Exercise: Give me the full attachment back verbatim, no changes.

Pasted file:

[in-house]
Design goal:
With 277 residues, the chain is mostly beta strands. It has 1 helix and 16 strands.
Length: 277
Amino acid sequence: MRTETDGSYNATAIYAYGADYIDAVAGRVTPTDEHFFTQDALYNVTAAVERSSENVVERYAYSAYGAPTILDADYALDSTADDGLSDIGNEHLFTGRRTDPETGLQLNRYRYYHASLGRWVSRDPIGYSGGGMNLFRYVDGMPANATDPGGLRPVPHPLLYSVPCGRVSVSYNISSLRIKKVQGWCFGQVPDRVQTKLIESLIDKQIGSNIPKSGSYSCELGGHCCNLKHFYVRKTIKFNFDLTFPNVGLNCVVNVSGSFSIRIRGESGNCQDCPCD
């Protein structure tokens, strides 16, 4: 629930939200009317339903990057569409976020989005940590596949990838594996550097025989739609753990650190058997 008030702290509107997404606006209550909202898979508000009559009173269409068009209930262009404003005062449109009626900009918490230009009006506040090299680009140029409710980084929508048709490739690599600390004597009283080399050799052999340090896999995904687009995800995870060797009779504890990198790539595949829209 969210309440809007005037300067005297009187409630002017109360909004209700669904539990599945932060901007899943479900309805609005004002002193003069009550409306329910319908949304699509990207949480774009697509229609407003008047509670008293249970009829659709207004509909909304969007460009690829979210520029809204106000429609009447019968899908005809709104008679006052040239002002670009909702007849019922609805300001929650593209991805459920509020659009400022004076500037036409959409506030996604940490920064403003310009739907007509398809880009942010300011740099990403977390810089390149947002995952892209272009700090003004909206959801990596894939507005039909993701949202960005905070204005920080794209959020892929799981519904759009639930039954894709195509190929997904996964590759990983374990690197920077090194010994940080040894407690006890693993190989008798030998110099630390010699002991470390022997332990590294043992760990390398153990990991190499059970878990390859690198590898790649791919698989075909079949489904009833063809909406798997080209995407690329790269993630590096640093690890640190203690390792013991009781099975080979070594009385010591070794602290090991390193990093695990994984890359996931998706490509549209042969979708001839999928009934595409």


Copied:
[in-house]
Design goal:
With 277 residues, the chain is mostly beta strands. It has 1 helix and 16 strands.
Length: 277
Amino acid sequence: MRTETDGSYNATAIYAYGADYIDAVAGRVTPTDEHFFTQDALYNVTAAVERSSENVVERYAYSAYGAPTILDADYALDSTADDGLSDIGNEHLFTGRRTDPETGLQLNRYRYYHASLGRWVSRDPIGYSGGGMNLFRYVDGMPANATDPGGLRPVPHPLLYSVPCGRVSVSYNISSLRIKKVQGWCFGQVPDRVQTKLIESLIDKQIGSNIPKSGSYSCELGGHCCNLKHFYVRKTIKFNFDLTFPNVGLNCVVNVSGSFSIRIRGESGNCQDCPCD
């Protein structure tokens, strides 16, 4: 629930939200009317339903990057569409976020989005940590596949990838594996550097025989739609753990650190058997 008030702290509107997404606006209550909202898979508000009559009173269409068009209930262009404003005062449109009626900009918490230009009006506040090299680009140029409710980084929508048709490739690599600390004597009283080399050799052999340090896999995904687009995800995870060797009779504890990198790539595949829209 969210309440809007005037300067005297009187409630002017109360909004209700669904539990599945932060901007899943479900309805609005004002002193003069009550409306329910319908949304699509990207949480774009697509229609407003008047509670008293249970009829659709207004509909909304969007460009690829979210520029809204106000429609009447019968899908005809709104008679006052040239002002670009909702007849019922609805300001929650593209991805459920509020659009400022004076500037036409959409506030996604940490920064403003310009739907007509398809880009942010300011740099990403977390810089390149947002995952892209272009700090003004909206959801990596894939507005039909993701949202960005905070204005920080794209959020892929799981519904759009639930039954894709195509190929997904996964590759990983374990690197920077090194010994940080040894407690006890693993190989008798030998110099630390010699002991470390022997332990590294043992760990390398153990990991190499059970878990390859690198590898790649791919698989075909079949489904009833063809909406798997080209995407690329790269993630590096640093690890640190203690390792013991009781099975080979070594009385010591070794602290090991390193990093695990994984890359996931998706490509549209042969979708001839999928009934595409």